Many marketers hesitate with these because they feel it’s not subtle enough, it’s important to remember that you aren’t a spam marketer, and arrows work precisely because they aren’t subtle.
When you’re reading about a solution you can opt in for, all you’re thinking about is your problems and how this thing that’s being offered is going to make your life easier and whether or not it’s worth your money.
Which means that instead of thinking in 2nd person like a lot of website copy is written in, (which makes sense, it should be conversational), your end thoughts are all about your benefits. Which means your thoughts translate into things like “help me”, “my time”, “my money”, and “I want” or “I need.”
So instead of writing button text that says “Get Your Free eBook,” write button text that says “Send Me My Free eBook.”
It can feel a little odd at first, since you are the marketer writing to the prospect. But changing the wording of the CTA around to first-person eliminates brain friction where the prospect’s mind has to translate your second-person into their own first-person thoughts.
HomeLight starts off in first person with their two initial CTAs so the reader feels like the site identifies with them right away.
The lesson here is when you take the extra step to make your CTA text all about the user, you’ll see an increase in conversions.
We’re back to the wording of what actually appears directly on the button.
Verbs like “sign up,” “start,” or “get started” all denote that the person who clicks through on that button has to do work to get the result you’re promising.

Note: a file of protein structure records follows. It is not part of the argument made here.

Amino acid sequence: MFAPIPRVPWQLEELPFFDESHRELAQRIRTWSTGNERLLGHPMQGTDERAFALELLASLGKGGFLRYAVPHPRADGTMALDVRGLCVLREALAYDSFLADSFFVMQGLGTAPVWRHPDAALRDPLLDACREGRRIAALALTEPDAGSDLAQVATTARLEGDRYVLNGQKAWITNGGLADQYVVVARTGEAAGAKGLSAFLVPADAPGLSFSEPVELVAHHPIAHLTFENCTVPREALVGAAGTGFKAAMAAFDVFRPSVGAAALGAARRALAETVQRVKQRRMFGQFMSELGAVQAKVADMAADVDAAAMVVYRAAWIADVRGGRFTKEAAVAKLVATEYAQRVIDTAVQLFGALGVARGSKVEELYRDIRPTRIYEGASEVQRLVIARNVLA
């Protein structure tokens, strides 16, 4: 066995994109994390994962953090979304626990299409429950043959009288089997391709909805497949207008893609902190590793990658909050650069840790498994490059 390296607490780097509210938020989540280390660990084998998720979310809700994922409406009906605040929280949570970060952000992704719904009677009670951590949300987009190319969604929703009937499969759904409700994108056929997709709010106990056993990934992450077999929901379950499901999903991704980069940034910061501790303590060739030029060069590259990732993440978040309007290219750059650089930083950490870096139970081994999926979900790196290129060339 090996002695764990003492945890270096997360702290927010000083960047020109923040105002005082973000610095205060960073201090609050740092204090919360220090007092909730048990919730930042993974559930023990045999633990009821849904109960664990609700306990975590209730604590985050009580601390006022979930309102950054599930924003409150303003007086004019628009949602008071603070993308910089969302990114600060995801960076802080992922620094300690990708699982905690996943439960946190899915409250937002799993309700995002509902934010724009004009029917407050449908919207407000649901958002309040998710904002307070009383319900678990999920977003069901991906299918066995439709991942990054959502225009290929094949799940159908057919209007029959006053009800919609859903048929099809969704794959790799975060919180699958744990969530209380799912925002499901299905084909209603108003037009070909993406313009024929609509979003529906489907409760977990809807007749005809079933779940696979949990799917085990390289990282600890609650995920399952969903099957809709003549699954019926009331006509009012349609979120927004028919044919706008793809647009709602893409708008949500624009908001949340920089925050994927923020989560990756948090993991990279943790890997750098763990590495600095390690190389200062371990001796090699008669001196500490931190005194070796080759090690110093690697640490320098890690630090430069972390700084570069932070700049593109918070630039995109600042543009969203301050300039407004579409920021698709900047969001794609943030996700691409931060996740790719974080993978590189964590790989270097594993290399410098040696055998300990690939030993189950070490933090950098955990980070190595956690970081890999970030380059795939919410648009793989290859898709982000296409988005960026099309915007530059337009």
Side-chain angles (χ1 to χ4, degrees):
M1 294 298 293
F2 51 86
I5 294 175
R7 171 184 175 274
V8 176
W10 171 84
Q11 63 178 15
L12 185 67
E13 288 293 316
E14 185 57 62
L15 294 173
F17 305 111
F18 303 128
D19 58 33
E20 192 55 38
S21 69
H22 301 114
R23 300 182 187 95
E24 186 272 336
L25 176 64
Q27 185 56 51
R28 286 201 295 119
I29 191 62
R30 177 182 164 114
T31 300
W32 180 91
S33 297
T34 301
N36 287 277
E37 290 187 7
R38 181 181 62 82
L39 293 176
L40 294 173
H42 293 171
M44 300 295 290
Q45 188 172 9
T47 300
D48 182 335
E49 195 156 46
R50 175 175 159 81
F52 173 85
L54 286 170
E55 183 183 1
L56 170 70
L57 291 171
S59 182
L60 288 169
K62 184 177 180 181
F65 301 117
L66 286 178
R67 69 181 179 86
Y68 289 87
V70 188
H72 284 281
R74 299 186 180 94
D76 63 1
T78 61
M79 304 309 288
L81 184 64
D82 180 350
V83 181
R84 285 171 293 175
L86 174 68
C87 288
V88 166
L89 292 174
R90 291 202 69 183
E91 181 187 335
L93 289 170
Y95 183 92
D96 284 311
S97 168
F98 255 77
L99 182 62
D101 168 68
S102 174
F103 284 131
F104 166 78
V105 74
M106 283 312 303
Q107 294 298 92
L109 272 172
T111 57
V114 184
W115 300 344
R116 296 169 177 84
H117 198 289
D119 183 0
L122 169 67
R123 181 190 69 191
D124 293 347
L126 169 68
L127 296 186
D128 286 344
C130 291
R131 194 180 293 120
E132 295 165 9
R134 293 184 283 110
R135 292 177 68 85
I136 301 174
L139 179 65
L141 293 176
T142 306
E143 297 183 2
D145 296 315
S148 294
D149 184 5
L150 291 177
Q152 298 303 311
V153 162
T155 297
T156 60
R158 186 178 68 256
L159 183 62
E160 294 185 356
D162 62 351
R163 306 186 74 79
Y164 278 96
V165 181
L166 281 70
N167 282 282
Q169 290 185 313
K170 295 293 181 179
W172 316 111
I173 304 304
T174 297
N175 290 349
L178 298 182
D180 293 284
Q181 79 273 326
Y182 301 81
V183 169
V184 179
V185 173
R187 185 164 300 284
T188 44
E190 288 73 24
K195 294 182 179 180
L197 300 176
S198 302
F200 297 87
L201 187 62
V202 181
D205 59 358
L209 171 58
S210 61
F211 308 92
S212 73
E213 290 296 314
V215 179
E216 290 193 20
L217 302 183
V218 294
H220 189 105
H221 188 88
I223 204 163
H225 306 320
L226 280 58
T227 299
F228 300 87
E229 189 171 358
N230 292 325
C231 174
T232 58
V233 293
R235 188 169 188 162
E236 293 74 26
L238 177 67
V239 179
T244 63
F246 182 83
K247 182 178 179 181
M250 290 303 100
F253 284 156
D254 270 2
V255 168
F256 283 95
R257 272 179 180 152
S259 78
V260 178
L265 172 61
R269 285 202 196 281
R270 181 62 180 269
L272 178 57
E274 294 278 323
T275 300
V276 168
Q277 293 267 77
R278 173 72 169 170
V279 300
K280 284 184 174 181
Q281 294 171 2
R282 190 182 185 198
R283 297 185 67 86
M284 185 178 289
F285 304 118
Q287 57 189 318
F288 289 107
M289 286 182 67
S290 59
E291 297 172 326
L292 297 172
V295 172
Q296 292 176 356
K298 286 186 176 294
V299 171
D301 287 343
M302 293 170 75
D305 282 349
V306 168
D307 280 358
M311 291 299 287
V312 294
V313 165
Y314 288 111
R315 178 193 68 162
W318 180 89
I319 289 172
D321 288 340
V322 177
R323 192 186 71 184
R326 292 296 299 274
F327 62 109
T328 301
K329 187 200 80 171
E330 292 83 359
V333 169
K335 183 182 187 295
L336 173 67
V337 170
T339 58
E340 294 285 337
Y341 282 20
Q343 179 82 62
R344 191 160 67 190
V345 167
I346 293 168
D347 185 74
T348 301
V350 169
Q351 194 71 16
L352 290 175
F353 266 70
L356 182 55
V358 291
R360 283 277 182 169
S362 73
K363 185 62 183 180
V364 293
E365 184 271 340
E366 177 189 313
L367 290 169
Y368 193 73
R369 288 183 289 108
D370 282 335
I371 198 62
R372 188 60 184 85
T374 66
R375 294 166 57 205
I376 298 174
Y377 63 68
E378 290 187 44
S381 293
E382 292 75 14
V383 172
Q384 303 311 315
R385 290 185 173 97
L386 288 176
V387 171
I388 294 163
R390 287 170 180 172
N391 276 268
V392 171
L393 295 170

Humans are inherently lazy.
So, even if you don’t change anything about your sign up or onboarding process, simply changing the wording of your CTA button to focus on a more passive reception of benefits is a hack you can employ to dig more conversions out of your existing on-site traffic.
The language of Trulia’s call to action is totally passive. It doesn’t talk about the fact that you’ll have to enter some personal information next to get it… it just focuses on the passive benefit.
This Shooger CTA, though, isn’t so active. Even though “free” is a good word, “start” implies work involved.
So while “Free” can be a very compelling word in calls to action, it’s not the end-all be-all guaranteeing conversions… especially if your competition offers the exact same thing. Plus, words like “start” do imply work much more than they imply benefits, which is something to consider.
Do you have a splash page?
That’s where your homepage is a set landing page.
If you have set up your Welcome Mat as an Instant Landing Page (where you remove the option for your users to scroll out of the Welcome Mat), you do.
This will naturally increase your conversions like crazy, because it reduces the number of choices you present your visitors with. It is one of the simplest ways to both increase for the type of conversions you want and make the visitors feel more confident that they made the right choice.
That’s one reason why. Plus...
Given two paths… we’re all more likely to take the one of least resistance.
So if I want to make my social media management more effective and you’re offering me two options:
If I’m not familiar with you, I’m going for that ebook instead.
Which means that you get me on your email list, yes, but it puts me another step away from being a customer than what I could have been if you didn’t give me the ebook option and just told me to see for myself by trying your software for two weeks for free.